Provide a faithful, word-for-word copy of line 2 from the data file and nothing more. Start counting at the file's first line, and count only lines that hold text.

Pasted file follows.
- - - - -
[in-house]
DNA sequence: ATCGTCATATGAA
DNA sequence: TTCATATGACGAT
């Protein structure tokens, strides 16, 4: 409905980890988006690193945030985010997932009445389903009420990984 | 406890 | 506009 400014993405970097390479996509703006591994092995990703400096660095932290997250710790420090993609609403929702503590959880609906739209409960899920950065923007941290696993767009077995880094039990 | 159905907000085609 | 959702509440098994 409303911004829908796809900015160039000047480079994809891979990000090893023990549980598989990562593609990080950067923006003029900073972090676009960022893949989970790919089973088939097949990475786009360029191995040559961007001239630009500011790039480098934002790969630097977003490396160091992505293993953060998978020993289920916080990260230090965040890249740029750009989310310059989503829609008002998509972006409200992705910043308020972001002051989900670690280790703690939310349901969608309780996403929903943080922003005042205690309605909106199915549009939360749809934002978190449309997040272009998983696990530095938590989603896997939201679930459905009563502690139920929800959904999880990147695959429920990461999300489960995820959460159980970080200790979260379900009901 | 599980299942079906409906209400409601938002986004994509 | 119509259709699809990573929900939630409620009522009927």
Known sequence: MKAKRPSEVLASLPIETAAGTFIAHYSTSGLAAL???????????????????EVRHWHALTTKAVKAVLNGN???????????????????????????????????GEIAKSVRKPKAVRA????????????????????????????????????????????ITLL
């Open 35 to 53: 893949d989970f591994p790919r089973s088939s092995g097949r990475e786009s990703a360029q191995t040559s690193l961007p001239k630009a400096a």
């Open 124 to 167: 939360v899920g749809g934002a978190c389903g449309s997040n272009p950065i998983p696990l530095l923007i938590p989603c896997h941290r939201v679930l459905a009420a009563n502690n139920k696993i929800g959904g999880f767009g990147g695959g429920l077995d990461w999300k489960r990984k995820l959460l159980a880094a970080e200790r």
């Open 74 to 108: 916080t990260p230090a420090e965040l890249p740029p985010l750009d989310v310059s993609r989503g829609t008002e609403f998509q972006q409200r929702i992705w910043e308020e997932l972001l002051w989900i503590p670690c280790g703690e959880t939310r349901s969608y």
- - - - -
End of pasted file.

DNA sequence: ATCGTCATATGAA